Bringing together ecofeminism and ecological literary criticism (ecocriticism), this book presents diverse ways of understanding and responding to the tangled relationships between the personal, social, and environmental dimensions of human experience and expression.
Literature and Ecofeminism explores the intersections of sexuality, gender, embodiment, and the natural world articulated in literary works from Shakespeare through to contemporary literature. Bringing together essays from a global group of contributors, this volume draws on American literature, as well as Spanish, South African, Taiwanese, and Indian literature, in order to further the dialogue between ecofeminism and ecocriticism and demonstrate the ongoing relevance of ecofeminism for facilitating critical readings of literature. In doing so, the book opens up multiple directions for ecofeminist ideas and practices, as well as new possibilities for interpreting literature.
This comprehensive volume will be of great interest to students and scholars of ecocriticism, ecofeminism, literature, gender studies, and the environmental humanities.
Table of Contents
Editor’s Preface Sam Mickey; Foreword Greta Gaard; Introduction Patrick D. Murphy; 1. Like a creature native": Ophelia’s Death and Ecofeminism Lesley Kordecki 2. Anna Letitia Barbauld’s Ecological Sensibility Calley A. Hornbuckle 3. Mary Austin’s Proto-Ecofeminist Land Ethic in ‘The Ford’ (1917) and The Owens Valley Water Controversy Emine Geçgil 4. T.S. Eliot, ecofeminist Etienne Terblanche 5. Ecofeminist Philosophy and Issues of Identity in Sylvia Townsend Warner's ‘Lolly Willowes’ and ‘Mr. Fortune's Maggot’ Julia Tofantšuk 6. "Taking mighty strides across the world": Positioning Zora Neale Hurston in the Ecofeminist Tradition Nicole Anae 7. Ecofeminist Sensibilities and Rural Land Literacies in the Work of Contemporary Appalachian Novelist Ann Pancake Theresa L. Burriss 8. Essentialist Tropes in ‘At Play in the Fields of the Lord’ Karl Zuelke 9. Cyborg-goddesses, Linda Hogan’s ‘Indios’, and Jade Chen’s ‘Mazu’s Body-guards’ Peter I-min Huang 10. Wolves, Singing Trees, and Replicants: Ecofeminist Readings of Contemporary Spanish Novels Carmen Flys Junquera 11. Ecofeminist Moorings in Globalized India: Literary Discourse and Interpretations Swapna Gopinath, Sony Jalarajan Raj, and Soumya Jose 12. The Vocation of Healing: The Poetry of Malika Ndlovu Deirdre Byrne 13. Grace Nichols and Jackie Kay’s Corporeal Black Venus: Feminist Ecocritical Realignments Izabel F.O. Brandão; Afterword: Ecofeminism through Literary Activism, Hybridity, Connections, and Caring Anna Bedford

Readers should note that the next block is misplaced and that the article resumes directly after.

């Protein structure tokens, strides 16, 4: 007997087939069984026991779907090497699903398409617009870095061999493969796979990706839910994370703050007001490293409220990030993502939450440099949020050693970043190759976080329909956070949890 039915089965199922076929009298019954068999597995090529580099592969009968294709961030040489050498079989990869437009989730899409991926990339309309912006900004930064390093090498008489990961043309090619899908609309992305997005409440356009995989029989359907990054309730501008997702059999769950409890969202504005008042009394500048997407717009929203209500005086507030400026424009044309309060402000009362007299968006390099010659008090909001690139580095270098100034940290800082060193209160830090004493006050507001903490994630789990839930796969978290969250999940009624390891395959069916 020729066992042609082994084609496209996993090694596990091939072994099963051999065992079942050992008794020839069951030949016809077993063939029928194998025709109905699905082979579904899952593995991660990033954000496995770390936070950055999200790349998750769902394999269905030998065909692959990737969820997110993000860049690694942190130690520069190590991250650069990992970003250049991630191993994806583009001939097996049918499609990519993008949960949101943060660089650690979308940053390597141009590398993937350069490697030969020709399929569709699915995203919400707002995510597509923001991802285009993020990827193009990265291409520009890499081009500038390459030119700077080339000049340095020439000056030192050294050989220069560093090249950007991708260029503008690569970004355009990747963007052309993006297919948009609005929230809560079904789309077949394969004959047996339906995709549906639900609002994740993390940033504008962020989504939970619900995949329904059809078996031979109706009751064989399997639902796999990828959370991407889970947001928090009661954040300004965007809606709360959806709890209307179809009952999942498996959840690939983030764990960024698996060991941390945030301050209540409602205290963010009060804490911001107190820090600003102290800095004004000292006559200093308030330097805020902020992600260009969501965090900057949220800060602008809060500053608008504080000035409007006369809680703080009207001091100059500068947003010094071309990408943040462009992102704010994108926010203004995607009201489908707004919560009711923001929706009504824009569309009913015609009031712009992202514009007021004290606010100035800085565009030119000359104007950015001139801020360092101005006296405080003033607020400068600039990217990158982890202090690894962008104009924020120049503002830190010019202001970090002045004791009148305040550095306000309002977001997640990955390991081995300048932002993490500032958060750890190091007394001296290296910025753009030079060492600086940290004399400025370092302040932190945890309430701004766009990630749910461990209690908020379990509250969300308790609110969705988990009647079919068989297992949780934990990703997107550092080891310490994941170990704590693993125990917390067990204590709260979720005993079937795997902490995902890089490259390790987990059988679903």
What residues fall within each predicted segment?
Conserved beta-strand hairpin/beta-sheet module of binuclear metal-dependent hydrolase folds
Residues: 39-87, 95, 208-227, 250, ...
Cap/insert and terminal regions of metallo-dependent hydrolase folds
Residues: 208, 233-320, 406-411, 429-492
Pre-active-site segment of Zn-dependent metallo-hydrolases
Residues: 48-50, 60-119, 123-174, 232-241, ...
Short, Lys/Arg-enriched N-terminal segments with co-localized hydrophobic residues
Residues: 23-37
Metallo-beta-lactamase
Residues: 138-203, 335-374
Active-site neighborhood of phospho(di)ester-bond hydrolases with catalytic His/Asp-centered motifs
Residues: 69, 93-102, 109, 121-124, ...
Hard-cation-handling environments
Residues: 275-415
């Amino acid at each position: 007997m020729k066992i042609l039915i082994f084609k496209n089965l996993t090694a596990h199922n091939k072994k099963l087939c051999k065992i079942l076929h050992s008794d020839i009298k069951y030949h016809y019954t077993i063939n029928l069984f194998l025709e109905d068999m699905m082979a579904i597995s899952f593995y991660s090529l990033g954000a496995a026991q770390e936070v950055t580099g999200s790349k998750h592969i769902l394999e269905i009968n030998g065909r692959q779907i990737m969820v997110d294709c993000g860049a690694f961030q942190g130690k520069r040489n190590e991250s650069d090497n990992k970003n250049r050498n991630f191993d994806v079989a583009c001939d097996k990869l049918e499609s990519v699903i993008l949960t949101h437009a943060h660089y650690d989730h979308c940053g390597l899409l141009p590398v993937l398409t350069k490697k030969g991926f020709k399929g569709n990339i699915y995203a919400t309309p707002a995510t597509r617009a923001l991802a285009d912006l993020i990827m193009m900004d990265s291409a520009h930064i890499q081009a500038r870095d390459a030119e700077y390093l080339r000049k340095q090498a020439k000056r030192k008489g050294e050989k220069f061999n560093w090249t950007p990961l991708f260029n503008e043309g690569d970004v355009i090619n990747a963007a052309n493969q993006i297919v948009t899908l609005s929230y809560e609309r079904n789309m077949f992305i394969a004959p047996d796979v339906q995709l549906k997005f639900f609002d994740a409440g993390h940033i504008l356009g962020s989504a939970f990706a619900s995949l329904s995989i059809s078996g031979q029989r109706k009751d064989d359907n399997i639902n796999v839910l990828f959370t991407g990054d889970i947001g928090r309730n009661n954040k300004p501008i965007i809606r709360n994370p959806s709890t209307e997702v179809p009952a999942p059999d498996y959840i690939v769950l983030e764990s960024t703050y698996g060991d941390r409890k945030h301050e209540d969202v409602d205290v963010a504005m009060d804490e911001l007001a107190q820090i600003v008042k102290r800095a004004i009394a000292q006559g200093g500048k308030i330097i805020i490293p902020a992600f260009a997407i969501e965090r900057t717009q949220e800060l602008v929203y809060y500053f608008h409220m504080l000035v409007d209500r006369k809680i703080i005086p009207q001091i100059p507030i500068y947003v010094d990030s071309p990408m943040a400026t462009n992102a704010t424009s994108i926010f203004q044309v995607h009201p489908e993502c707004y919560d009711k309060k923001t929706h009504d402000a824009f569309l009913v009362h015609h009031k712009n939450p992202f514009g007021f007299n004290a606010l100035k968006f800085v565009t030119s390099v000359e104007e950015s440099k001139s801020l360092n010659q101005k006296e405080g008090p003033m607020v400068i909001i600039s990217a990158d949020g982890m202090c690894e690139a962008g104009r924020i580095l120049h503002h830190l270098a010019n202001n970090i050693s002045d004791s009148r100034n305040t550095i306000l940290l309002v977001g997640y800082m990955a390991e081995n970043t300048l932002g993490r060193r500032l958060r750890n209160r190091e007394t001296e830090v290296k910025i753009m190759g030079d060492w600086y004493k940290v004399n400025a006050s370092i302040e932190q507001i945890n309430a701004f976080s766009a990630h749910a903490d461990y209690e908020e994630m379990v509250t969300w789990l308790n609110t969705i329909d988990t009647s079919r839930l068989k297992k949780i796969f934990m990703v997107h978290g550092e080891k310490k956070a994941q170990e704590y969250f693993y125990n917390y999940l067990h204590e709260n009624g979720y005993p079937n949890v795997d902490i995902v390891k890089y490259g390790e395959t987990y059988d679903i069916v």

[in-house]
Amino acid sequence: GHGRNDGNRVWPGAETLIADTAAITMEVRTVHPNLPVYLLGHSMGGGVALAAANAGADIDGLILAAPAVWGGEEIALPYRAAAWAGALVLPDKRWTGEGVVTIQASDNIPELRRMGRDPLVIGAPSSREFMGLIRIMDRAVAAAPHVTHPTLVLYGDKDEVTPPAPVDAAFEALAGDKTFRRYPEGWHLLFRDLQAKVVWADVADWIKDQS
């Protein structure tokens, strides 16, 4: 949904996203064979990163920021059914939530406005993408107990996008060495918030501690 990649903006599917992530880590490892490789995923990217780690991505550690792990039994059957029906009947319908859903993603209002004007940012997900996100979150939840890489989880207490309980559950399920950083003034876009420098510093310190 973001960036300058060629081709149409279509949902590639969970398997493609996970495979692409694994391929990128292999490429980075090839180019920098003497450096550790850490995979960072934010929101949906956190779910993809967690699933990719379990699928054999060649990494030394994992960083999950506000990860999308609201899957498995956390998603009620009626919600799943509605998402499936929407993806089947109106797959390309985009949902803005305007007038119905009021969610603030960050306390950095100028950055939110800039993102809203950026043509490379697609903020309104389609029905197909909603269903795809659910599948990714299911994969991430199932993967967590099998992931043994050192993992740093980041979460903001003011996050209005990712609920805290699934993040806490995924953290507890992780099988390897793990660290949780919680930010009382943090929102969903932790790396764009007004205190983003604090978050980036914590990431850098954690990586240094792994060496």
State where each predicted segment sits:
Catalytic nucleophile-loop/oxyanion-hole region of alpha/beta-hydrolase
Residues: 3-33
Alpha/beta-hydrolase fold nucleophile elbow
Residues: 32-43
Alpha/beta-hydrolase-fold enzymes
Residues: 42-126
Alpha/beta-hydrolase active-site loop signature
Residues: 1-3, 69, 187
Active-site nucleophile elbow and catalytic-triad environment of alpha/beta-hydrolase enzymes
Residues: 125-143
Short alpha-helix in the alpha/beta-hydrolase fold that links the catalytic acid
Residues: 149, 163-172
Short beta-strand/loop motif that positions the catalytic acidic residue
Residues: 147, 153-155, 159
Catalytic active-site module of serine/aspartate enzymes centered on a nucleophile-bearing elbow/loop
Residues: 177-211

Douglas A. Vakoch is President of METI (Messaging Extraterrestrial Intelligence), a nonprofit dedicated to transmitting intentional signals to nearby stars, as well as fostering sustainability of human civilization on multigenerational timescales—a prerequisite for a project that could take centuries or millennia to succeed.
Sam Mickey is Adjunct Professor, Theology and Religious Studies and Environmental Studies, University of San Francisco, USA.
"Literature and Ecofeminism: Intersectional and International Voices is a narrative symbiosis of literary and scholarly voices converging on ecofeminist thought. Dealing with various themes, issues, and concerns of ecofeminism, the 13 chapters weave truly compelling connections across different literary voices. The international scholars who make up this collection bring forward the ecofeminist voices of Native American, African American, English, Scottish, American, Taiwanese, Caribbean, Spanish, Indian, and South African writers in powerful and dynamic ways. The topics are diverse and refreshing, covering Shakespeare’s Ophelia, 18th century British critic Anna Letitia Barbauld, Mary Austin, Sylvia Townsend Warner, Zora Neale Hurston, Ann Pancake, Peter Matthiessen, Linda Hogan, Jade Chen, and, surprisingly, T.S. Eliot. They all help expand the repertoire of ecofeminism in this skillfully prepared collection." — Serpil Oppermann, Professor of English, Hacettepe University, Turkey and President of EASLCE
"Ever since its origins, ecofeminism has advocated for the dismantling of all the interweaved forms of oppression that encapsulate women, nonhuman animals, marginal humans, and whatever subject has been marked as "other" by dominants systems of power, including the earth. Merging with literary studies, these emancipatory stances have found their narratives and new critical landscapes. With its rich plurality of angles and visions, Literature and Ecofeminism: Intersectional and International Voices continues to enrich this seminal conversation, demonstrating the key role of feminist ecocriticism in shaping creative epistemologies of liberation that are essential to the imagination of our time." — Serenella Iovino, Professor of Comparative Literature, University of Turin, Italy